Boom in video chat apps brings out cybercriminals with fake sites, malware
MANILA, Philippines – Cybercriminals are taking advantage of the boom in popularity of video communications apps by making fake copycat pages and malware-laden fake executable files.
According to a report made by cybersecurity company Check Point Research, there has been a surge in malicious domain registrations that have "Zoom" in the name, after the popular video conferencing app boomed due to the coronavirus pandemic forcing people to stay at home.
Check Point said, "Since the beginning of the year, more than 1700 new domains were registered and 25% of them were registered in the past week. Out of these registered domains, 4% have been found to contain suspicious characteristics."
Zoom isn't the only target, however. Phishing websites are targeting unsuspecting consumers who want to use a video chat app to connect for work, or to talk to friends and family. These include spoofs of Google Classroom, which Check Point said was "impersonated by googloclassroom\.com and googieclassroom\.com."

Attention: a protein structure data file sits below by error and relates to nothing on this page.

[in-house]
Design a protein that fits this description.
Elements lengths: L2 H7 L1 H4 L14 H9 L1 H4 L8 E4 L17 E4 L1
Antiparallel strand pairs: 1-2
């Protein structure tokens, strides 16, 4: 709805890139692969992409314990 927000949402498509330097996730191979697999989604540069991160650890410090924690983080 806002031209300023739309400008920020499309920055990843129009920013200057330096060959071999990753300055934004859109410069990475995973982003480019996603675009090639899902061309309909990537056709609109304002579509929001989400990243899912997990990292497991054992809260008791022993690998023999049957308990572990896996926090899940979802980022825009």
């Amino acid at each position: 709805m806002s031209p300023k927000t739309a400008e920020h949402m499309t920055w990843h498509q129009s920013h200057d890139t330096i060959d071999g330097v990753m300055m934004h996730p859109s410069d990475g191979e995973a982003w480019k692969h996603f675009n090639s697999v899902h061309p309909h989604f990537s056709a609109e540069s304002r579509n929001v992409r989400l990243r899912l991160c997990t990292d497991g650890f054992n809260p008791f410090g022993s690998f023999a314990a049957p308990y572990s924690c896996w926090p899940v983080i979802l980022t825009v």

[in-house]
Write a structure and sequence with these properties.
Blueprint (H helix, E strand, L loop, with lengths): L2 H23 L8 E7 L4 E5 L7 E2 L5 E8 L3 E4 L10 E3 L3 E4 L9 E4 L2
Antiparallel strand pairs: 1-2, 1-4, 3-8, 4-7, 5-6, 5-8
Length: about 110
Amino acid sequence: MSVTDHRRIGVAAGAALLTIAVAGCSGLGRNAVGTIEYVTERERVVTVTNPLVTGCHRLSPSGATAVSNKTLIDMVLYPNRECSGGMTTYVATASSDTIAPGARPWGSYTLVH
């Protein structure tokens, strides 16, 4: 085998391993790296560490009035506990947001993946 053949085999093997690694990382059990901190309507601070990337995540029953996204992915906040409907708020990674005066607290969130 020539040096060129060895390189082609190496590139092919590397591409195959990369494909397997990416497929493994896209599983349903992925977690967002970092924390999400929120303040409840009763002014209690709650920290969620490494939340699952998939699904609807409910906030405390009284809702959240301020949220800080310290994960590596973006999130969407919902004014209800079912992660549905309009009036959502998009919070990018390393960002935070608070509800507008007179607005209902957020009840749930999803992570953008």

Check Point is also noting an increase in the number of malicious files masquerading as legitimate video conferencing applications.
Said Check Point, "Additionally, we have detected malicious files with names such as 'zoom-us-zoom_##########.exe” and “microsoft-teams_V#mu#D_##########.exe' (# representing various digits). The running of these files leads to an installation of the infamous InstallCore PUA on the victim’s computer which could potentially lead to additional malicious software installation."
The cybersecurity firm recommends not opening unknown attachments or files, and being wary of lookalike domains. Instead of clicking links on emails, it's also recommended you search for and bookmark the legitimate version of the site or app maker you want to visit. – Rappler.com